The steep ascent to the halfway point of this project has past-me slowing down a little bit. The incline seems to be getting to me, as past-me tends a bit more towards the theoretical, the not-quite-cohesive, the just plain uninspired. I can clearly tell most of these were written on transit either to or from work. I’d say most of the entries in this decade are terrible but… yeah, no, most of the entries in this decade are terrible, in my present opinion.
There are a few gems, though. I like the image Number 52 sets up; there’s something sweet and sad about it.
Number 56 is probably my favourite out of the bunch except for the last sentence! Totally unnecessary! It would have been much stronger if it ended, “That’s why his tongue kept moving in and around.” Don’t add another character, past-me. Not yet. Not when you’ve just set up such an interesting initial one. Especially not if second character is just an observer. So boring!
Number 59 is clunky, but has some potential.
And I think I do actually enjoy Number 60: it’s a basic story we can all figure out afterward it ends; it’s an easy-in to a much larger adventure.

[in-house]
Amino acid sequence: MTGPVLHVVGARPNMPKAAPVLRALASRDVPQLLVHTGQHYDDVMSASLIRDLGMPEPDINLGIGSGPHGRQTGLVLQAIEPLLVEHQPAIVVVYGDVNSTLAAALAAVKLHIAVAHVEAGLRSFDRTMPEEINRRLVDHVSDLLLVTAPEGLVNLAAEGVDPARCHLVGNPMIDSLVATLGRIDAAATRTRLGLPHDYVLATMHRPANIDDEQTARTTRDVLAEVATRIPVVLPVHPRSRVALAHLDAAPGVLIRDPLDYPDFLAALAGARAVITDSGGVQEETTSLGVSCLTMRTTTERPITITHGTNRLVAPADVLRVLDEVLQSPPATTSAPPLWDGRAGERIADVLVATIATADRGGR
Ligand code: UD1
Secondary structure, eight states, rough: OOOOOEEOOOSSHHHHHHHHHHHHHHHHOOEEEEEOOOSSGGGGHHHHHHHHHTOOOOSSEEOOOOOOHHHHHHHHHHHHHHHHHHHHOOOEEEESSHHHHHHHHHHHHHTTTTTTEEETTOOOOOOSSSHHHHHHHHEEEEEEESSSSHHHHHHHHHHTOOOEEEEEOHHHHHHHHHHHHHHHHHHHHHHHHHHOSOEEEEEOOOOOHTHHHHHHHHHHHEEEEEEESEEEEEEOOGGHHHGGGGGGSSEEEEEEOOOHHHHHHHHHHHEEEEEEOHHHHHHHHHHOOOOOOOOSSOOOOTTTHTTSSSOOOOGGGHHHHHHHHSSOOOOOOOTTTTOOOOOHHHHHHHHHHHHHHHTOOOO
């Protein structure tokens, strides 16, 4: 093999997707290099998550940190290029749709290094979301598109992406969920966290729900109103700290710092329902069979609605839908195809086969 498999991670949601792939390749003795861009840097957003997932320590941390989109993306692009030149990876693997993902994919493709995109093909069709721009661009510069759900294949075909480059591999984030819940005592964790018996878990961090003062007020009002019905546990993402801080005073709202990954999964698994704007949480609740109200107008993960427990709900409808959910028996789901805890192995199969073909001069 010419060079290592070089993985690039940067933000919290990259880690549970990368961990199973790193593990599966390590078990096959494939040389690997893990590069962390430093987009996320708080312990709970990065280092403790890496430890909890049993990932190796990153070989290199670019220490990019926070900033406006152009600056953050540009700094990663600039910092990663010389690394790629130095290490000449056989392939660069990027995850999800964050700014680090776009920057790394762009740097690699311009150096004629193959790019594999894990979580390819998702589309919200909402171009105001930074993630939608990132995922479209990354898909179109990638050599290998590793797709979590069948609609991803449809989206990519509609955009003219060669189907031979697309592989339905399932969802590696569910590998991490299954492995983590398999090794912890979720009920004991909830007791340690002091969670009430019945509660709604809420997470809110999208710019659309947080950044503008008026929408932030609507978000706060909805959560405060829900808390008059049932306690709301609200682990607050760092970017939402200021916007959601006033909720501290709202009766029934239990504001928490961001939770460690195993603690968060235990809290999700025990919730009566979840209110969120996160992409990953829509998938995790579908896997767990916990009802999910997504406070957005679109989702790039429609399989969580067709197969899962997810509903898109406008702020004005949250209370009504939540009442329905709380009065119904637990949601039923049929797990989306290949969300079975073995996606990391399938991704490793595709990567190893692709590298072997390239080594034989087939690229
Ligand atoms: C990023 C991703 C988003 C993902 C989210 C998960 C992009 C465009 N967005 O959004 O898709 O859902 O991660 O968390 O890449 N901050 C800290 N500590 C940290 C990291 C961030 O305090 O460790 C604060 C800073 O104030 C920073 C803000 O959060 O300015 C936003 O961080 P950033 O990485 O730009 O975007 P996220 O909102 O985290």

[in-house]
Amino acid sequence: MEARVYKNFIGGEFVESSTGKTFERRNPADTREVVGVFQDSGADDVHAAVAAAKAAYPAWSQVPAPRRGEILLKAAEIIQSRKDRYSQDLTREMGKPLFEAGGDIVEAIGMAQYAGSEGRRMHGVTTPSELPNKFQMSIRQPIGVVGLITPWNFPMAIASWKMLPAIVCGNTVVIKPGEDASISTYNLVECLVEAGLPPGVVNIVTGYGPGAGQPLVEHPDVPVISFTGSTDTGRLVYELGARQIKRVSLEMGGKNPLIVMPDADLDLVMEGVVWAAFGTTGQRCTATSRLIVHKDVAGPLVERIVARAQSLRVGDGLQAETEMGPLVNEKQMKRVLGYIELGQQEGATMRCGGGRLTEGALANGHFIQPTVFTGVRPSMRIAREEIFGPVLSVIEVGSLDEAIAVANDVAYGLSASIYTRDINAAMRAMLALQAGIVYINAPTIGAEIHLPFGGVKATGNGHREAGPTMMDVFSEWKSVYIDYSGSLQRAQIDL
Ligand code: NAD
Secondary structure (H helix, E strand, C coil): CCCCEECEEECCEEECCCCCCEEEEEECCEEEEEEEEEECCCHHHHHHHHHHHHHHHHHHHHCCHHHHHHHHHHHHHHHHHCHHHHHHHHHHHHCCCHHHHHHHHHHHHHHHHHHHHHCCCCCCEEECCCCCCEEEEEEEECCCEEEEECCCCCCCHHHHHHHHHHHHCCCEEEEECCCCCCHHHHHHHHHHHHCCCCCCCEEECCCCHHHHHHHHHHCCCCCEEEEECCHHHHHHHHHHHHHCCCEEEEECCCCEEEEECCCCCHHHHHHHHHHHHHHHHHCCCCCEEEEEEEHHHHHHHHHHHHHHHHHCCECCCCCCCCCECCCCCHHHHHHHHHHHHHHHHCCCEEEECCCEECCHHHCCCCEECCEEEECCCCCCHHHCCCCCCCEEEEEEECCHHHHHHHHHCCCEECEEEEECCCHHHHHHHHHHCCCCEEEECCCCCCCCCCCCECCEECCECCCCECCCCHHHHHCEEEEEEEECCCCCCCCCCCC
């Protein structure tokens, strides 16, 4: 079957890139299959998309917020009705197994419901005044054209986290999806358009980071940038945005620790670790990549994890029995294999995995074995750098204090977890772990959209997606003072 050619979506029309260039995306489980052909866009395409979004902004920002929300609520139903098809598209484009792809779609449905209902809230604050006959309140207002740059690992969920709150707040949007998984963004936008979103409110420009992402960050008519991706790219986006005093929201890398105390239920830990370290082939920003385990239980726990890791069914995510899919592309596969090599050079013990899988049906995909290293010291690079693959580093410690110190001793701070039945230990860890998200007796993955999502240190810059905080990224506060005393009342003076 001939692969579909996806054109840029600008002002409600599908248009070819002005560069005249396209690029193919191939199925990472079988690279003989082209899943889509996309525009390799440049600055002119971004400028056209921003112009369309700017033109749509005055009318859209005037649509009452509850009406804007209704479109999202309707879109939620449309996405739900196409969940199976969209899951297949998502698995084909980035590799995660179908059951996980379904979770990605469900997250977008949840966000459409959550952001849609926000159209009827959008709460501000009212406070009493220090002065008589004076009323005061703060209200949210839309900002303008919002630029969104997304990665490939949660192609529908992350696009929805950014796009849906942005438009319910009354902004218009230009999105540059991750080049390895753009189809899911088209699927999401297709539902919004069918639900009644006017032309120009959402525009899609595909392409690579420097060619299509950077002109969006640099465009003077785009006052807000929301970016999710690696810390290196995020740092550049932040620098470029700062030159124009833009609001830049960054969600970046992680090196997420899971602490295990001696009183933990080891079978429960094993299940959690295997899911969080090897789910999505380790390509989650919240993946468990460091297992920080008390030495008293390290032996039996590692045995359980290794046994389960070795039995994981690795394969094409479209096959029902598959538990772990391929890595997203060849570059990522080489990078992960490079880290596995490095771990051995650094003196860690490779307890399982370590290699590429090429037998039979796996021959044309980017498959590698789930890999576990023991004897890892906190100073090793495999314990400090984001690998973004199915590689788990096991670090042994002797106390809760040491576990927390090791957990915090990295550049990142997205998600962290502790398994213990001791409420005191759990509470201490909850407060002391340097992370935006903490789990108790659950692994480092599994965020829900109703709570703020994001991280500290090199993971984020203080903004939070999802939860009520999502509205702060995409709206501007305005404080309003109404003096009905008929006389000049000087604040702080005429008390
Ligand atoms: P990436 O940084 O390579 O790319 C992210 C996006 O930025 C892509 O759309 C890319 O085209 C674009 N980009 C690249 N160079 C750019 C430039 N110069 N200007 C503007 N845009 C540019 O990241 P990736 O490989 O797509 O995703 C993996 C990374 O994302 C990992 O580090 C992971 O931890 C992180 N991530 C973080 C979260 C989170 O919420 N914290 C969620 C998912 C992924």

All the rest, though, terrible.
# 51 – 60
51. My wheels grew corners. Now all I can do is moan and whine like everyone else.
52. Their only time together is on the train; their laughter’s born so deep you’d never know there wasn’t a Christmas tree.
53. The ancient streets; his eyes resting on crystals and it’s all he can do to keep his heart from breaking his ribs.
54. He’s studying the unknown; a query into the collective soul: cars driving two by two, feet matching rhythms. What is instinct?
55. When she realised she could do anything, nothing remained sacred. So she went on a journey through forest and hill.
56. His teeth felt wrong: all squares and triangles. That’s why his tongue kept moving in and around. I’m sure he was self-conscious.
57. “What do I know? I am the story of a man in transit. That’s what I’ll write. But I can’t promise an end or anything.”
58. Cold hands grab my ribs as I stare at the night-covered smoke caressing the sky.
59. His ringed hand swirls the finger of scotch. His head leans forward, “But what can you do for me?”
60. The mountain seems so far away. Her face illuminated as she huddles, typing in the dimly lit villa: ‘8am – overcome fear.’